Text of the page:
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Rotary Screw Air Compressor Maintenance Guide

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Rotary screw air compressors are one of the simpler designed and relatively easy-to-maintain compressors on the market. This brings them to be one of the most popular designs on the market as they can be used for all operations.

If a rotary screw air compressor is well maintained, they are capable of providing thousands of hours of excellent performance. This article will provide you with all the sort of things you should be regularly checking on your rotary screw air compressor.

Table of Contents

Rotary Screw Air Compressor Maintenance Tips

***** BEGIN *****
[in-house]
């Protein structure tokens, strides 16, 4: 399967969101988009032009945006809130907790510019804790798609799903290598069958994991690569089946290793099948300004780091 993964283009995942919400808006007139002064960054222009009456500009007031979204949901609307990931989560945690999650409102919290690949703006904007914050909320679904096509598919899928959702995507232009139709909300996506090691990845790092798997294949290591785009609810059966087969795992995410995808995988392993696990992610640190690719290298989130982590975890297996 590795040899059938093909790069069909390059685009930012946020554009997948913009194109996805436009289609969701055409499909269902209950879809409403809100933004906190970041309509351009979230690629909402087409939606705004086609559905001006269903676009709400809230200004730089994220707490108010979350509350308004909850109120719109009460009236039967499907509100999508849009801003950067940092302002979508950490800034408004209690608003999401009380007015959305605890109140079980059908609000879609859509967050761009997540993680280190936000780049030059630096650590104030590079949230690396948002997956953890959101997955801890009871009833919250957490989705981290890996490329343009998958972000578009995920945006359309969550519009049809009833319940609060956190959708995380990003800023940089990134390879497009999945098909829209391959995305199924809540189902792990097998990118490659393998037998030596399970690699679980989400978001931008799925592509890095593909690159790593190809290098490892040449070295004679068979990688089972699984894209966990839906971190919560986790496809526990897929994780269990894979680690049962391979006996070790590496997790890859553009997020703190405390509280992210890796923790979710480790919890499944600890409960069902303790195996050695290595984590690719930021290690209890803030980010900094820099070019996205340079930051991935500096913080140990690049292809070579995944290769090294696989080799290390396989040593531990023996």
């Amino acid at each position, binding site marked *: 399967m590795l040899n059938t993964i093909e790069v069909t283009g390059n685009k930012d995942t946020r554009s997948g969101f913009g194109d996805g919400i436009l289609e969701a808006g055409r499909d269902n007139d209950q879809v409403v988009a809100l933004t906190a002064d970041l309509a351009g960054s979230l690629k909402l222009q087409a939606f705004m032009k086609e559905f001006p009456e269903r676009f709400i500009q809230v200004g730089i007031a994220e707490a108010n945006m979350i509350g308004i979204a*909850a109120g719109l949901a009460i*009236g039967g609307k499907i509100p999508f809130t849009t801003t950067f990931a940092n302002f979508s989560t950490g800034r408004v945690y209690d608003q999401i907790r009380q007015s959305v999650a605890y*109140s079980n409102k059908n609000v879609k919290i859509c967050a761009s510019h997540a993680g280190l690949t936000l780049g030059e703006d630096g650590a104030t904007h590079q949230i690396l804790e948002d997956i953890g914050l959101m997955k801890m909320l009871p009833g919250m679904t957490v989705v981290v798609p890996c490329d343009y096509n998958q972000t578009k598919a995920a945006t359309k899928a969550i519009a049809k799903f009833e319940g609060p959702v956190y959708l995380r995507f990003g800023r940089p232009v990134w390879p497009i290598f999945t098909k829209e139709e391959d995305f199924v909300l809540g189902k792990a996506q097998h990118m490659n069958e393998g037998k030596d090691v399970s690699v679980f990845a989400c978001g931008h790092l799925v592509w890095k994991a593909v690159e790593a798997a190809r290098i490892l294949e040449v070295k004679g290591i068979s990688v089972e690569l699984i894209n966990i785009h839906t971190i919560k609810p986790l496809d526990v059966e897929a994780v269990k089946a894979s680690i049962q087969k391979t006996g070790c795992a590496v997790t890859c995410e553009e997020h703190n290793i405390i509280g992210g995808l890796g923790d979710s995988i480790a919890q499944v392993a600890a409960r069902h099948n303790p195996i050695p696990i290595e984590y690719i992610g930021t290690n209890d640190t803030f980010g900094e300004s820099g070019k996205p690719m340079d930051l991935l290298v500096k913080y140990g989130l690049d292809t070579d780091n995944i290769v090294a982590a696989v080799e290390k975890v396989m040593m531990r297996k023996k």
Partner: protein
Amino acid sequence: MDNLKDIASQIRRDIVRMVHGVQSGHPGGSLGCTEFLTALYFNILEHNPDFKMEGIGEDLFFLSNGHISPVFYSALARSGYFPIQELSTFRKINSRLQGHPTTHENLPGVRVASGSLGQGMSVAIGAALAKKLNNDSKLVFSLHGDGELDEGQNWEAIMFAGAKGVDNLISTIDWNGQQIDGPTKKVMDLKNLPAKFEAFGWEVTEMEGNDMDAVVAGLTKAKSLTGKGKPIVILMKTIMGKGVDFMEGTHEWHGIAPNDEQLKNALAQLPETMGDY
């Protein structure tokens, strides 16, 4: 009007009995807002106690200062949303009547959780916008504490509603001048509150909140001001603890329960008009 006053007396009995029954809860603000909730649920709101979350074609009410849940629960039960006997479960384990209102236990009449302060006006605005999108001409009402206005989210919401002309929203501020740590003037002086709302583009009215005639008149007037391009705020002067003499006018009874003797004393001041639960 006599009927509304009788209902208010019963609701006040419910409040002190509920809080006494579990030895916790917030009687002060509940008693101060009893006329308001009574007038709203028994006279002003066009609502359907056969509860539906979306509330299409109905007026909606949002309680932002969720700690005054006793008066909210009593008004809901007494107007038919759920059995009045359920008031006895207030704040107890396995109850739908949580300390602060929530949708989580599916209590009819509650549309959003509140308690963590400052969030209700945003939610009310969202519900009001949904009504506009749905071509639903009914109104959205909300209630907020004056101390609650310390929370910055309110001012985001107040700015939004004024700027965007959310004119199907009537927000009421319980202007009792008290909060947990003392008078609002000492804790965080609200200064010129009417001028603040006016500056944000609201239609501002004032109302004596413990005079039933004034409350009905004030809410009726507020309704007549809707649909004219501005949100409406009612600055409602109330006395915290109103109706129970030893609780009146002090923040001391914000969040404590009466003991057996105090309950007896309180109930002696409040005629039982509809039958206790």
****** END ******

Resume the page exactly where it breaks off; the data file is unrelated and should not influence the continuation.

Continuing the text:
Rotary screw air compressors are built to last for several years of professional quality operations. That said, all air compressors do have their limits and wish to be inspected periodically to ensure optimal performance for the duration of their lifespan.

A rotary screw air compressor consists of several key internal components that would gradually wear over time if you don’t give them their due and timely inspections. The key parts are the airend and the drive train, which respectively pressurize the now compressed air and drive the mechanisms of the compressor.

It’s also important to examine the motor and filters on a periodic basis and replace the lubricants when necessary.

Rotary Screw Air Compressor Maintenance Guide

Rotary Screw Compressor Airends Maintenance

Of all the components that comprise rotary screw air compressors, the airend is probably the most crucial because this is where the pressurization of air takes place. While an airend can generally last for a minimum of 40,000 hours, it can malfunction before its time if not properly maintained. An airend may be damaged by extreme system heat, dirty fluid, or contamination.